A new Harris Interactive poll queried 2,000 adults in top U.S. markets and determined some facts about our local drinking habits that may be harder to swallow than a shot of rail gin. Residents in cities like Philadelphia, L.A., Washington, D.C, and others were asked about how often they consume alcohol, and it turns out that Dallas doesn't drink all that much.
Before we get to the bad news, let's look at what Dallas does right. First, we are a city of beer drinkers. In fact we're one of the most beer-drinkingest cities in the country, behind only Philadelphia. Dallas residents are also the second most likely to drink whiskey, which coupled with our lack of taste for wine (dead last) proves that we all drink like cowboys, which is pretty awesome.
There are, however, a large number of Dallas-area residents who don't drink with much enthusiasm. Thirty-one percent of those polled in Dallas said they don't drink at all, and another 11 percent said they drink "less often than once a year," which is pretty much the same thing. In fact, if you add up all of the Dallas respondents that drink "once a month or less" you get 64 percent. That's a lot of people who aren't really drinkers because being a drinker takes practice, regular enthusiastic practice. It also puts Dallas in last -- dead last. We suck at having fun. The drunken kind, anyway.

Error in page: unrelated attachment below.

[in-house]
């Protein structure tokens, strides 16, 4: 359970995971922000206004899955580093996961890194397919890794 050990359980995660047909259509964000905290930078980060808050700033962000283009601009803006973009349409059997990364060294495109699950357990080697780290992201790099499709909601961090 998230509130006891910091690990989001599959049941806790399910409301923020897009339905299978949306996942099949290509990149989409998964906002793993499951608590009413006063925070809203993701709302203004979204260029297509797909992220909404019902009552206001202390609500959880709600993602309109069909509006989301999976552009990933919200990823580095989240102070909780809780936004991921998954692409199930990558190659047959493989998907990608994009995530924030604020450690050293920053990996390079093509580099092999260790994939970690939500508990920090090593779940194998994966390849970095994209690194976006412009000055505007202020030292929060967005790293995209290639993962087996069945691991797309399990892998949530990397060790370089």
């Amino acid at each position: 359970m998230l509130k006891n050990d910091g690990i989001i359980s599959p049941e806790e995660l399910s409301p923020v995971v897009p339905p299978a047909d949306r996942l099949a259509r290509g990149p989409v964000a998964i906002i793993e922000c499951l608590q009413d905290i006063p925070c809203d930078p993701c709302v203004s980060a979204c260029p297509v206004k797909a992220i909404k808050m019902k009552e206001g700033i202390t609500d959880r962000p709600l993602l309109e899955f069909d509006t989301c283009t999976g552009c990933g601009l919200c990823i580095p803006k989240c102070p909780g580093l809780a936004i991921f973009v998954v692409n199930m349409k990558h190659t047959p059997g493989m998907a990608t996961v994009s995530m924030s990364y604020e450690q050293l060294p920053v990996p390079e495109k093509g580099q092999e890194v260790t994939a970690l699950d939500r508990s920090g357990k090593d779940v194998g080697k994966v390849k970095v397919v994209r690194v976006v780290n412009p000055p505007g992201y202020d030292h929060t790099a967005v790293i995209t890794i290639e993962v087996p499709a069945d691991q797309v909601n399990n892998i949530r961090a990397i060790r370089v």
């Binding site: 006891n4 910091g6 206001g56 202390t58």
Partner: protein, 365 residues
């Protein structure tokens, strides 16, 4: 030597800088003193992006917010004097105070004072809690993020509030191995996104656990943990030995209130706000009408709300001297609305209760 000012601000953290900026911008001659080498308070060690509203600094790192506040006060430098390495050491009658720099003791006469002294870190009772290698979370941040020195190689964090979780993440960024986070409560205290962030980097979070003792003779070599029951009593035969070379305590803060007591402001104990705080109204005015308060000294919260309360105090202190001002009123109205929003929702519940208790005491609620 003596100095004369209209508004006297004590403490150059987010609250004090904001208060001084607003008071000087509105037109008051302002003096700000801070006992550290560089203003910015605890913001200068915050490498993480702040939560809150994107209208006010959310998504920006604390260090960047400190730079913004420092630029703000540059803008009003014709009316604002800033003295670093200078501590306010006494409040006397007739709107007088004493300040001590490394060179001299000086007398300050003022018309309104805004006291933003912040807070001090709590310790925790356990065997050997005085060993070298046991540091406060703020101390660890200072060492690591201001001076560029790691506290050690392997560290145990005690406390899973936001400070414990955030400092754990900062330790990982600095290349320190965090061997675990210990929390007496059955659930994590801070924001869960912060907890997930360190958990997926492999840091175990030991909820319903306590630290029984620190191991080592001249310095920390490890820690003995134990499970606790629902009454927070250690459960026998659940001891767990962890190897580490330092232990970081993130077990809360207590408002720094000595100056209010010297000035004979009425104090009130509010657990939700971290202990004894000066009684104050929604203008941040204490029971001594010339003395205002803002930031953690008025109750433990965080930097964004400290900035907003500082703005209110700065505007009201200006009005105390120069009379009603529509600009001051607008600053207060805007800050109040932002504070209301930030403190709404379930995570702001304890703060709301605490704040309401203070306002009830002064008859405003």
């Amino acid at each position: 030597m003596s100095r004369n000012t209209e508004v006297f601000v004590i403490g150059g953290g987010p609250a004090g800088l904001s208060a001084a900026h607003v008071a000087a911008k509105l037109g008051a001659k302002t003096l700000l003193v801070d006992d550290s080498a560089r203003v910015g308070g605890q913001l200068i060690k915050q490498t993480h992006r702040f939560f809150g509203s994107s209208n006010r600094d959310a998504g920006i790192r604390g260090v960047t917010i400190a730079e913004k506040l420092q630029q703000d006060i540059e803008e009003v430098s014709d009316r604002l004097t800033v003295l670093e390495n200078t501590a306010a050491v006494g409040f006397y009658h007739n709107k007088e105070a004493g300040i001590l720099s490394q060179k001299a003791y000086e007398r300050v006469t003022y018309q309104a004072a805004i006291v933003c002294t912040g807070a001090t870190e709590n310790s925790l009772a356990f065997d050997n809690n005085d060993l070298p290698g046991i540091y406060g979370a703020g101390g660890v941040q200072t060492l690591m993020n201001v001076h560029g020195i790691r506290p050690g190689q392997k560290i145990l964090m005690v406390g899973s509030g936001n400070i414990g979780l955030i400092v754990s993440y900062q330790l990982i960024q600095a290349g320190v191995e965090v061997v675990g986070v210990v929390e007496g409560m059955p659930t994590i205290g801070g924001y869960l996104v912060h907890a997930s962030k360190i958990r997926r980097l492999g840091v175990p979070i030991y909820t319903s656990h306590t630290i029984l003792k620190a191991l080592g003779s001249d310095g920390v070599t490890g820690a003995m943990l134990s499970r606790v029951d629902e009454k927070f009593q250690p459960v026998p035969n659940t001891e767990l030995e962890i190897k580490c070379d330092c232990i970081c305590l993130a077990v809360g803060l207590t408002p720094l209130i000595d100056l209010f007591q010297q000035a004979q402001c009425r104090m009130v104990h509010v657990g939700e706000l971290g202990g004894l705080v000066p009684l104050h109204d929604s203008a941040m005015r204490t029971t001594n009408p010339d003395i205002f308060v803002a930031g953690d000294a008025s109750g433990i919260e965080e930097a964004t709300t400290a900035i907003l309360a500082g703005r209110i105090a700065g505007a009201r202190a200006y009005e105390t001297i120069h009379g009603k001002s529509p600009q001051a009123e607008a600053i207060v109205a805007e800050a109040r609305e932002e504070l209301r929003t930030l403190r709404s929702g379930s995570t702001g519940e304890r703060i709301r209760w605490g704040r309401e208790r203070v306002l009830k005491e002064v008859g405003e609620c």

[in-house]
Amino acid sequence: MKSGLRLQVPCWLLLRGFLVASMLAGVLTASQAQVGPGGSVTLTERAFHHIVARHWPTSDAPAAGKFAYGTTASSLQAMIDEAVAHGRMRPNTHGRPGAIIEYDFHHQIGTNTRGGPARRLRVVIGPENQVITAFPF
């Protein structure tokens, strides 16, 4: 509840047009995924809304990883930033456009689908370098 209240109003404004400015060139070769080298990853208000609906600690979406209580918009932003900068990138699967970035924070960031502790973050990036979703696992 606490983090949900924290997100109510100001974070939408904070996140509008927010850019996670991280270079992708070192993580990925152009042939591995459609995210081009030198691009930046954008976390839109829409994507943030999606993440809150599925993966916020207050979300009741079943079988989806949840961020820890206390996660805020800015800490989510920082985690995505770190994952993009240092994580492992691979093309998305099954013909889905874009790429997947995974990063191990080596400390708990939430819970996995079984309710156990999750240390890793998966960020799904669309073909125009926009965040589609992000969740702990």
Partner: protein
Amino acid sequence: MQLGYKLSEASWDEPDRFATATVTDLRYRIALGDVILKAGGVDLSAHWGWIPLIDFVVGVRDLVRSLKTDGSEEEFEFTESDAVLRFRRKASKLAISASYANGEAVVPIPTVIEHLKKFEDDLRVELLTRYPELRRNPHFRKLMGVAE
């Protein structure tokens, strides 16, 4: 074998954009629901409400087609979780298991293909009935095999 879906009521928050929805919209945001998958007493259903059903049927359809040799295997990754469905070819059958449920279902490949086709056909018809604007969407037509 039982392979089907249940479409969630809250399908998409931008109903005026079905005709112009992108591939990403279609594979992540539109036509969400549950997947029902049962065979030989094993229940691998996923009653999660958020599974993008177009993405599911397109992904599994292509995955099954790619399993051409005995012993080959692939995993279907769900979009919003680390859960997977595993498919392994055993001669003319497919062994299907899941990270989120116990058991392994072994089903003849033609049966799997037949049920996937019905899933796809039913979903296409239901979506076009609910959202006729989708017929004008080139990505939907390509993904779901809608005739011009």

Perhaps the next great food holiday should be Buy Your Teetotaling Friend a Shot of Local Whiskey And a Six-Pack of Craft Beer Day. Sure, it's a little offensive, but it would stimulate the local economy. And with so many people with so little tolerance for alcohol, it would help us win one thing hands down: drunkest city.
Keep the Dallas Observer Free... Since we started the Dallas Observer, it has been defined as the free, independent voice of Dallas, and we would like to keep it that way. Offering our readers free access to incisive coverage of local news, food and culture. Producing stories on everything from political scandals to the hottest new bands, with gutsy reporting, stylish writing, and staffers who've won everything from the Society of Professional Journalists' Sigma Delta Chi feature-writing award to the Casey Medal for Meritorious Journalism. But with local journalism's existence under siege and advertising revenue setbacks having a larger impact, it is important now more than ever for us to rally support behind funding our local journalism. You can help by participating in our "I Support" membership program, allowing us to keep covering Dallas with no paywalls.